Erstein goes on to provide information about Gen’s background for his readers: “Her Pope Theater program biography includes an eclectic list of previous professions. ‘Before beginning a career in writing,’ it states, ‘Ms. LeRoy did work as an IBM programmer, dry goods salesperson, waitress, accounts payable clerk, TV commercials model, Norman Rockwell’s New York model for several of his Saturday Evening Post covers, photographer’s assistant, mother of two children, wife, [and] illustrator …'”

That bio touches upon one topic Bridget LeRoy and I had discussed in our e-mail exchanges. “There was one additional piece that [Gen] was a little upset I forgot to mention,” Bridget informed me. “She went on to be Norman Rockwell’s model in three or four or maybe even five of his Saturday Evening Post covers. You can certainly find that online, including a video where she discusses it.”

Indeed I could, and indeed I did. The video is brief but wonderful, an excellent account by Gen of her experiences modeling for Rockwell. It includes several photographs of Gen taken to support two of those Post covers. You can see the video here: Gen Walton on Rockwell, and Post covers for which Gen modeled are shown below:

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“Family Tree” — Gen’s likeness is that of the woman beneath the little boy who tops the tree

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“Easter Morning”

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“University Club” — The older members of this 5th Avenue gentleman’s club gained a reputation for clustering around the windows to criticize “daring” new women’s fashions that included hemlines above the knee or, in this case, a sleeveless blouse. Note Rockwell painted himself into the scene at bottom-left, looking over his shoulder at the earnest conversation between the sailor and the young lady.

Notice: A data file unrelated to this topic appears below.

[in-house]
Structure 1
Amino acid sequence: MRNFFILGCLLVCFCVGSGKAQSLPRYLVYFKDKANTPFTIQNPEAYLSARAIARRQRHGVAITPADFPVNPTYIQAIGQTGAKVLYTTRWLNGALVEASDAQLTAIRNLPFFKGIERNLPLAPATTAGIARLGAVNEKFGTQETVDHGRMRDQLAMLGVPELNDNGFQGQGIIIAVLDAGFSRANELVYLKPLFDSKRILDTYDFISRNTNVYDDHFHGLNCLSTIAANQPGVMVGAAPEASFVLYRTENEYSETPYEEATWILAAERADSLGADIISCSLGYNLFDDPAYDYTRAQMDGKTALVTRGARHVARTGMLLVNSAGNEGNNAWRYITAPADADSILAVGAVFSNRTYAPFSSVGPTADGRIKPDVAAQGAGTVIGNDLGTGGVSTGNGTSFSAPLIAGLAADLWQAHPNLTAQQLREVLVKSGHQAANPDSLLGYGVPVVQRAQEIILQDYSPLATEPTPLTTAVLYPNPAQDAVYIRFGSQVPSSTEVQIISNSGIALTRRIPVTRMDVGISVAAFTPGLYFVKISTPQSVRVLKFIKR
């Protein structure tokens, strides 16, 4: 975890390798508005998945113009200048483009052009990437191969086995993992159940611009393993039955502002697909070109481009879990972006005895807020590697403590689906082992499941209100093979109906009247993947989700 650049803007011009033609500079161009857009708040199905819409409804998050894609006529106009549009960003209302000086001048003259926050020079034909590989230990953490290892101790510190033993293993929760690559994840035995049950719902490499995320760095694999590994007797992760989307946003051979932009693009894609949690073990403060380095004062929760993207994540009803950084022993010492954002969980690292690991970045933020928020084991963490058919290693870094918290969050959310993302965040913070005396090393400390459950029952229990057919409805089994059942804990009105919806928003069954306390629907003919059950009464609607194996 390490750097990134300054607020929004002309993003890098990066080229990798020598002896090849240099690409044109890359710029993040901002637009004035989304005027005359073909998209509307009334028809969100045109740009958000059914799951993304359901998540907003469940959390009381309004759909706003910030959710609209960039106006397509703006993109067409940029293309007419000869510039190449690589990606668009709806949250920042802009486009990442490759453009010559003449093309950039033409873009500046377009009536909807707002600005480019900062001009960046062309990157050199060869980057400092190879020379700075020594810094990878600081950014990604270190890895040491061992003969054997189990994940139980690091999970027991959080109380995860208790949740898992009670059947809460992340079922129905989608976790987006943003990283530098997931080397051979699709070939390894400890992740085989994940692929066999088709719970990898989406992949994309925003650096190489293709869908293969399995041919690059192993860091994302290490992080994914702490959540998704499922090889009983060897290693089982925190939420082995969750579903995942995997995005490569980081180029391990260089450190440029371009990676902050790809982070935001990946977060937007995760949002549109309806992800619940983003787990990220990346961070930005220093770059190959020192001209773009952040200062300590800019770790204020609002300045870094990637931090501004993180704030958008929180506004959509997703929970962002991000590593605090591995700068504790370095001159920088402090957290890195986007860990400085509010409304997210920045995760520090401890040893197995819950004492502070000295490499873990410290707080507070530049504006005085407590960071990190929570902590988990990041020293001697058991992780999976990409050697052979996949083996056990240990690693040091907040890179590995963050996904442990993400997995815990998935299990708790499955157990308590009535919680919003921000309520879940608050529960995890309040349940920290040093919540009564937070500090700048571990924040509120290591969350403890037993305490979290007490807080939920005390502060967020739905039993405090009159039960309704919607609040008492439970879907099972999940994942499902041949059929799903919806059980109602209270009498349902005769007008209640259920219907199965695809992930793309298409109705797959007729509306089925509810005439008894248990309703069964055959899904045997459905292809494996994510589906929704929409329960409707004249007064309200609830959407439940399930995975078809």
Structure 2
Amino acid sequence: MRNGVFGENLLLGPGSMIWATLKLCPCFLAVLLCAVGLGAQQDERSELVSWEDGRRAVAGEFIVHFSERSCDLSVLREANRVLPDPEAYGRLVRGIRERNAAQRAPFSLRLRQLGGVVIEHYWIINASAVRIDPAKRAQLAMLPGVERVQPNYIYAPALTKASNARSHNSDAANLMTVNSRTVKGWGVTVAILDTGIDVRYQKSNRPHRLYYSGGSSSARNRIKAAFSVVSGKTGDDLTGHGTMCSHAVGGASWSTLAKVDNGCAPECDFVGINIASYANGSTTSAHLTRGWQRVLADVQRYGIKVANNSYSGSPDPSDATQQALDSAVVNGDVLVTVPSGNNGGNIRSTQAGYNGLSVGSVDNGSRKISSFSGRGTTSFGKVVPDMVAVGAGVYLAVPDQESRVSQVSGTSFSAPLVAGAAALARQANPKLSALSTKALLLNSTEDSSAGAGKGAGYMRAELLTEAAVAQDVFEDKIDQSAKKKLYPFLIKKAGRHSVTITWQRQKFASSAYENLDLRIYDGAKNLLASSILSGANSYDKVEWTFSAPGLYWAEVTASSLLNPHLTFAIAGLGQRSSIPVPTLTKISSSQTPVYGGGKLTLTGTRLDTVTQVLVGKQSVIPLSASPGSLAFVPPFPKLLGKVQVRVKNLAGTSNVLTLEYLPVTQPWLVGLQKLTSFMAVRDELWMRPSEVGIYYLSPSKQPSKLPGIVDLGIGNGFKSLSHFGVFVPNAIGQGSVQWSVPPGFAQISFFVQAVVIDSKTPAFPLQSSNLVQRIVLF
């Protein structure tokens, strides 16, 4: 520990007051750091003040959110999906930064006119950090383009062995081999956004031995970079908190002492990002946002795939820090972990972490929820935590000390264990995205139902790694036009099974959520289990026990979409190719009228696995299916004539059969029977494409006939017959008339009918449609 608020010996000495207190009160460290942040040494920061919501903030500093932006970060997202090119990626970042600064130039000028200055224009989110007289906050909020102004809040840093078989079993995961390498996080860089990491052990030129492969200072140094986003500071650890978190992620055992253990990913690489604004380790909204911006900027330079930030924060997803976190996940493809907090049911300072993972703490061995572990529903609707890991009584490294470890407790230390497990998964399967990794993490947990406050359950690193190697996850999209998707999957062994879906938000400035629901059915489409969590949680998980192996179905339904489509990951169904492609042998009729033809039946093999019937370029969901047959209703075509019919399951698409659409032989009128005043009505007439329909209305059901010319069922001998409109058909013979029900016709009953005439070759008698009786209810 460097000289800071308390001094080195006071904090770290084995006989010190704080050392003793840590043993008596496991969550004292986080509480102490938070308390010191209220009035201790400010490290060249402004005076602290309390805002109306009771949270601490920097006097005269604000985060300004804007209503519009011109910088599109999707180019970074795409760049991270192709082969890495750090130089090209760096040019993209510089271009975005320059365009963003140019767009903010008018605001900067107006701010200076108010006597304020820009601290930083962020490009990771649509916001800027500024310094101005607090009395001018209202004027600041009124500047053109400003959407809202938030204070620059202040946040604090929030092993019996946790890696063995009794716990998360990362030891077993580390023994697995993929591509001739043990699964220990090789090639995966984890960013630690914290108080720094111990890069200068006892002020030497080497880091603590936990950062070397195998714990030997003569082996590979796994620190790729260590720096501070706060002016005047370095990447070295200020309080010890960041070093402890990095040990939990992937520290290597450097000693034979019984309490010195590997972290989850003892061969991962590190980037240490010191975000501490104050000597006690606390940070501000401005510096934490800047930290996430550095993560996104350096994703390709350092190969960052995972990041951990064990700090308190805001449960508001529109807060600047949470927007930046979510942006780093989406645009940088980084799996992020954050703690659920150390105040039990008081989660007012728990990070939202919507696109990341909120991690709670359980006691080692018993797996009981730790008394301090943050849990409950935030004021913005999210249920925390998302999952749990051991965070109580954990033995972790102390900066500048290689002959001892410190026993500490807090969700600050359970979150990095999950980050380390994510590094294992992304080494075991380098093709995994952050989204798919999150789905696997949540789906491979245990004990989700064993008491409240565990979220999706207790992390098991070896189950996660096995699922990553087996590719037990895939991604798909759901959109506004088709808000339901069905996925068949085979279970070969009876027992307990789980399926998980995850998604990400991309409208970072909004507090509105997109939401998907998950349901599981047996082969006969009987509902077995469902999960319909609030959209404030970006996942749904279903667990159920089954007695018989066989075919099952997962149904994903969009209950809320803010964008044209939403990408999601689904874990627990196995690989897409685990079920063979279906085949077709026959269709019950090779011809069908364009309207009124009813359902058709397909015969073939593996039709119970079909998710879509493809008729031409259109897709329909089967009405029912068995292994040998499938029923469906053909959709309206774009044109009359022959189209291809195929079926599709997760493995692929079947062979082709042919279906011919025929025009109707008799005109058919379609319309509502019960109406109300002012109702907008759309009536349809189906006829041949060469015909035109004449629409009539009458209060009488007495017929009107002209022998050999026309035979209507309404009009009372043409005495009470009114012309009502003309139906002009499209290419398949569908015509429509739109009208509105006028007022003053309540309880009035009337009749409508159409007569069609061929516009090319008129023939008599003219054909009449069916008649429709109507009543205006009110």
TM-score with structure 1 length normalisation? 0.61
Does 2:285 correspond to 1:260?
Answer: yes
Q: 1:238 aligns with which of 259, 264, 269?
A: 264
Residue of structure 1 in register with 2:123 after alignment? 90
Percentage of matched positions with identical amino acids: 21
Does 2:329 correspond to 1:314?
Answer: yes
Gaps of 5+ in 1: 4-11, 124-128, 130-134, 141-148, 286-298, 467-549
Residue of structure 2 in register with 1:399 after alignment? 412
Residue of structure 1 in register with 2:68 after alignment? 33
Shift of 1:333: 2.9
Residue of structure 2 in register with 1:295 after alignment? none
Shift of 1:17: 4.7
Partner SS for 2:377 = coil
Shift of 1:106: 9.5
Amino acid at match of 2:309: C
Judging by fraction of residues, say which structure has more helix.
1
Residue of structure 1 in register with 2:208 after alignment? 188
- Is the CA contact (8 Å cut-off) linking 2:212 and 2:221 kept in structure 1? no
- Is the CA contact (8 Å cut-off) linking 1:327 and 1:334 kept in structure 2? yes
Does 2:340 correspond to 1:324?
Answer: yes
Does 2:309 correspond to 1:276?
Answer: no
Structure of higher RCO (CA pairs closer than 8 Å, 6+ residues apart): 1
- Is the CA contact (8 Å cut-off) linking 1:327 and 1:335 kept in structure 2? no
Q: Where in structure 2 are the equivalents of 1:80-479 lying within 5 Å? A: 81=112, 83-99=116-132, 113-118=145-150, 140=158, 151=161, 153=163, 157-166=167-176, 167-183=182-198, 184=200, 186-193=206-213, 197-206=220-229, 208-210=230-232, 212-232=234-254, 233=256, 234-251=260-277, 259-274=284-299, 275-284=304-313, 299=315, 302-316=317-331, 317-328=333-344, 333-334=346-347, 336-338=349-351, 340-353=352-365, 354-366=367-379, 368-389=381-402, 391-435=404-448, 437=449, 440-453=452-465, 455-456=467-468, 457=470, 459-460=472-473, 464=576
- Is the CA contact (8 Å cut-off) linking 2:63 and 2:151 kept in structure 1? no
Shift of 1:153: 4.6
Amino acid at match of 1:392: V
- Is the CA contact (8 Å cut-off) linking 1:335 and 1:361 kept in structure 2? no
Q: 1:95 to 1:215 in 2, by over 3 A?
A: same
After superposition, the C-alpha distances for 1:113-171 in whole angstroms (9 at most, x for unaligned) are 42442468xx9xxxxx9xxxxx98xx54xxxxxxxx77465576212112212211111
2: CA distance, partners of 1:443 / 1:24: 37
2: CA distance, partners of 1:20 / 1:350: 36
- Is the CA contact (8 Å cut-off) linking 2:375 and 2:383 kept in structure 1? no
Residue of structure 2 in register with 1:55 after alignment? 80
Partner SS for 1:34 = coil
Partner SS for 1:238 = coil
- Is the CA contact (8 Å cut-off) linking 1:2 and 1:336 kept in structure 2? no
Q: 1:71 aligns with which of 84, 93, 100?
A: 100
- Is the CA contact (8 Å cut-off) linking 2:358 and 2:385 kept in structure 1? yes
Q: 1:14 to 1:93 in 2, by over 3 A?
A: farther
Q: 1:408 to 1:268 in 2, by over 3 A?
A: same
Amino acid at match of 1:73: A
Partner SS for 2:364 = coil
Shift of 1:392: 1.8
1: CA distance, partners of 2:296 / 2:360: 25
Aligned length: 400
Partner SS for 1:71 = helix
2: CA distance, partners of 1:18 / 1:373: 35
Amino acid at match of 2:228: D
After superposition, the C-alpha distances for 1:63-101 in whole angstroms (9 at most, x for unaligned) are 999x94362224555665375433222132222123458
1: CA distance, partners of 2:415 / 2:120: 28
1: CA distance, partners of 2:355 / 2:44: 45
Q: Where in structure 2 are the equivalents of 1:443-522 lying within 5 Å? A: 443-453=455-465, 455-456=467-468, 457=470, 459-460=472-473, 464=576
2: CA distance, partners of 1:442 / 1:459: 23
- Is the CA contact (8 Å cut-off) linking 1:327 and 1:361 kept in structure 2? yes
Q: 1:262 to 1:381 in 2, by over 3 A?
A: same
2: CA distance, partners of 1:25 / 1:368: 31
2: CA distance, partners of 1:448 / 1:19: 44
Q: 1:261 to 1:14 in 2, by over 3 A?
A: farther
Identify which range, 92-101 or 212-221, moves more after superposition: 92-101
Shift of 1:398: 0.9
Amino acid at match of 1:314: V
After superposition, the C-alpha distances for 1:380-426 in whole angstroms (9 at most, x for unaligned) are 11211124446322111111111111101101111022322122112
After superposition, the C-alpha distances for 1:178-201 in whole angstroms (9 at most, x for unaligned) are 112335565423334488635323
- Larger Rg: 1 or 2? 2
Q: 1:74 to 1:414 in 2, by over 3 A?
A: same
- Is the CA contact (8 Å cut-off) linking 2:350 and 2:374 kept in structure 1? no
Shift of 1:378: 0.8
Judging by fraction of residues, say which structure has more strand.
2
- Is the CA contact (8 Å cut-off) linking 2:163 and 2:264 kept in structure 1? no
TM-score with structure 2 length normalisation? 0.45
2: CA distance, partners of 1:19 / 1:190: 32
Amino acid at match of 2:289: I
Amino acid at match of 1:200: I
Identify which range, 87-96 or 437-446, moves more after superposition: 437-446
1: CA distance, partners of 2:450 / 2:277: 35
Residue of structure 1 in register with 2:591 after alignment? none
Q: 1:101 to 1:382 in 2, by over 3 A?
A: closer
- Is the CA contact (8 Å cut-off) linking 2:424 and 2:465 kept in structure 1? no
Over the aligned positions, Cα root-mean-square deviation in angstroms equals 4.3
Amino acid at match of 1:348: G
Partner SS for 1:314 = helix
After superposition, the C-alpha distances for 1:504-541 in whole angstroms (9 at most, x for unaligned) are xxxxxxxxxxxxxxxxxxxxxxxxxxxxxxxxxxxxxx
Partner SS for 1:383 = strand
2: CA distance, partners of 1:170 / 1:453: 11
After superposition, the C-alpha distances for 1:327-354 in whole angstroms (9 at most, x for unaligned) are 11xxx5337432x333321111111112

There are two ways I can bring this discussion around full circle. The first is obvious to any Caniffite: Norman Rockwell’s nephew, Dick Rockwell, was Milton’s long-time assistant on Steve Canyon. But this second way is one only a very few persons have likely seen — until now. Thanks to Bridget LeRoy, we are pleased to share with you this pencil portrait of Gen Melia (as Caniff knew her). Compare it to the photographs of Gen as Whitey Barker in our Steve Canyon Volume 7, or the shots of Gen posing for Rockwell in the YouTube video, and I think you’ll agree Milt did an outstanding job of capturing the essence of one truly accomplished woman:

Caniff_Gen Portrait

Our thanks to Bridget LeRoy for reaching out to us and providing us with so much additional information (Bridget has an impressive resume of her own, as a Google search shows). And yes, I’ll cop to it — while Gen LeRoy Walton’s name certainly did fall out of nationally-syndicated gossip columns of the type I cited in my original piece, the evidence presented here makes it plain that my December conclusion about her living a “lower-profile lifestyle” was thoroughly unjustified! But this is one of those occasions where I’m perfectly happy to have (like Huey, perhaps?) barked up a wrong tree …

“Bravo” on Steroids

“A coffee table book that needs only four legs to make it a real coffee table!!!”

That was the reaction of one of our longtime Friends of LOAC when he got a look at the Bravo for Adventure Artist’s Edition. This release marks The Library of American Comics’s first collaboration with the Artist’s Edition program so masterfully orchestrated by IDW editor Scott Dunbier, and this beautiful new book is a fitting capstone to Dean’s and my eight-year odyssey through the life and art of the Genius — Alex Toth.

BRAVO ARTIST ED

For those who’ve been living on Ceres for the past several years, an Artist’s Edition collects significant comics and reproduces them from the original artwork, at the original size. So yes, as our ol’ pal indicates, this version of Bravo For Adventure is jacked and pumped and larger than life!

How big is it, the longtime Tonight Show fans among you ask?

The Bravo A.E. is even taller than our oversize “Champagne Edition” books, such as Polly and Her Pals, and is much, much bigger than the standard-size books found at either comics shops or bookstores. If you’ll excuse just a little bit of flash glare, here’s the Bravo A.E. in comparison to both a collection of Simon and Kirby’s Boys’ Ranch (which is the same size as a typical Marvel Masterwork volume) and The Golden Peril, which is the very first Doc Savage paperback I ever bought, back in the early 1970s.